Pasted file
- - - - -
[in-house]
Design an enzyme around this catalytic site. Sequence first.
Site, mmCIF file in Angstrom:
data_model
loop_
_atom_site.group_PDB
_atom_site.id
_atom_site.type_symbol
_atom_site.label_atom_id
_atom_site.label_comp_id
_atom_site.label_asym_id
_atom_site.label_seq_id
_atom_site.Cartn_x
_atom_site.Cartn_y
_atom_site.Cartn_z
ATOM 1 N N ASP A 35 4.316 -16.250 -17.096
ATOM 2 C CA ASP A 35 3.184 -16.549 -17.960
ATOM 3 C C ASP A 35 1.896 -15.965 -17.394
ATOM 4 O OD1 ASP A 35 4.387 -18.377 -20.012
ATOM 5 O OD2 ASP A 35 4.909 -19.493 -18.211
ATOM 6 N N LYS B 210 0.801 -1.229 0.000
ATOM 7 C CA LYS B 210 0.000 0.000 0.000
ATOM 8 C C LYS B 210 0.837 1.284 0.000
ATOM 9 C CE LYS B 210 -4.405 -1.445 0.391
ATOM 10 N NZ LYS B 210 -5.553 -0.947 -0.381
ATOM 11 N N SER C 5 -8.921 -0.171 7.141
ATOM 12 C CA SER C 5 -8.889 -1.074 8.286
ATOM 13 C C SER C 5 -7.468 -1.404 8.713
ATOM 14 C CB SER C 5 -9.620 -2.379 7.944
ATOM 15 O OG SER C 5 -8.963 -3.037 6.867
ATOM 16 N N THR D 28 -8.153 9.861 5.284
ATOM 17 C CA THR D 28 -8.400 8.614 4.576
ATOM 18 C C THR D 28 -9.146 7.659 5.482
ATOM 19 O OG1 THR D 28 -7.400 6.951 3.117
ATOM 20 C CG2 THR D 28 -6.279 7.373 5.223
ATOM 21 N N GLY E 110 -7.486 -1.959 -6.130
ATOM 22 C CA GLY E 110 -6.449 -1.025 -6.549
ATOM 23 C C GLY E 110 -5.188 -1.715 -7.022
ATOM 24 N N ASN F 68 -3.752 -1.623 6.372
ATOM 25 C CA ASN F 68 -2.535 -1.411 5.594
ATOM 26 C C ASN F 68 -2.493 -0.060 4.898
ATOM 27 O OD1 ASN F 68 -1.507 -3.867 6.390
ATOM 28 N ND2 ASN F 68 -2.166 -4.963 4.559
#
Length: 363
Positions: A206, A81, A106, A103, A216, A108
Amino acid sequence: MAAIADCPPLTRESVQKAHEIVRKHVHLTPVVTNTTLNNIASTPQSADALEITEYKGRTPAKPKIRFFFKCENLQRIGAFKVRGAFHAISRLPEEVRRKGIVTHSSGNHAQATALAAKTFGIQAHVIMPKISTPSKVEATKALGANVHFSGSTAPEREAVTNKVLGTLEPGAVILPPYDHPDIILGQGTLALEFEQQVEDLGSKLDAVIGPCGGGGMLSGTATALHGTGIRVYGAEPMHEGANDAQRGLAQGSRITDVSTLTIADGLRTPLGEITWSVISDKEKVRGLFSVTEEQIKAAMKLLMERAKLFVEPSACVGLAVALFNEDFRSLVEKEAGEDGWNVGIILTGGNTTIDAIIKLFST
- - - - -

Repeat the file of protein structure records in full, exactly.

[in-house]
Design an enzyme around this catalytic site. Sequence first.
Site, mmCIF file in Angstrom:
data_model
loop_
_atom_site.group_PDB
_atom_site.id
_atom_site.type_symbol
_atom_site.label_atom_id
_atom_site.label_comp_id
_atom_site.label_asym_id
_atom_site.label_seq_id
_atom_site.Cartn_x
_atom_site.Cartn_y
_atom_site.Cartn_z
ATOM 1 N N ASP A 35 4.316 -16.250 -17.096
ATOM 2 C CA ASP A 35 3.184 -16.549 -17.960
ATOM 3 C C ASP A 35 1.896 -15.965 -17.394
ATOM 4 O OD1 ASP A 35 4.387 -18.377 -20.012
ATOM 5 O OD2 ASP A 35 4.909 -19.493 -18.211
ATOM 6 N N LYS B 210 0.801 -1.229 0.000
ATOM 7 C CA LYS B 210 0.000 0.000 0.000
ATOM 8 C C LYS B 210 0.837 1.284 0.000
ATOM 9 C CE LYS B 210 -4.405 -1.445 0.391
ATOM 10 N NZ LYS B 210 -5.553 -0.947 -0.381
ATOM 11 N N SER C 5 -8.921 -0.171 7.141
ATOM 12 C CA SER C 5 -8.889 -1.074 8.286
ATOM 13 C C SER C 5 -7.468 -1.404 8.713
ATOM 14 C CB SER C 5 -9.620 -2.379 7.944
ATOM 15 O OG SER C 5 -8.963 -3.037 6.867
ATOM 16 N N THR D 28 -8.153 9.861 5.284
ATOM 17 C CA THR D 28 -8.400 8.614 4.576
ATOM 18 C C THR D 28 -9.146 7.659 5.482
ATOM 19 O OG1 THR D 28 -7.400 6.951 3.117
ATOM 20 C CG2 THR D 28 -6.279 7.373 5.223
ATOM 21 N N GLY E 110 -7.486 -1.959 -6.130
ATOM 22 C CA GLY E 110 -6.449 -1.025 -6.549
ATOM 23 C C GLY E 110 -5.188 -1.715 -7.022
ATOM 24 N N ASN F 68 -3.752 -1.623 6.372
ATOM 25 C CA ASN F 68 -2.535 -1.411 5.594
ATOM 26 C C ASN F 68 -2.493 -0.060 4.898
ATOM 27 O OD1 ASN F 68 -1.507 -3.867 6.390
ATOM 28 N ND2 ASN F 68 -2.166 -4.963 4.559
#
Length: 363
Positions: A206, A81, A106, A103, A216, A108
Amino acid sequence: MAAIADCPPLTRESVQKAHEIVRKHVHLTPVVTNTTLNNIASTPQSADALEITEYKGRTPAKPKIRFFFKCENLQRIGAFKVRGAFHAISRLPEEVRRKGIVTHSSGNHAQATALAAKTFGIQAHVIMPKISTPSKVEATKALGANVHFSGSTAPEREAVTNKVLGTLEPGAVILPPYDHPDIILGQGTLALEFEQQVEDLGSKLDAVIGPCGGGGMLSGTATALHGTGIRVYGAEPMHEGANDAQRGLAQGSRITDVSTLTIADGLRTPLGEITWSVISDKEKVRGLFSVTEEQIKAAMKLLMERAKLFVEPSACVGLAVALFNEDFRSLVEKEAGEDGWNVGIILTGGNTTIDAIIKLFST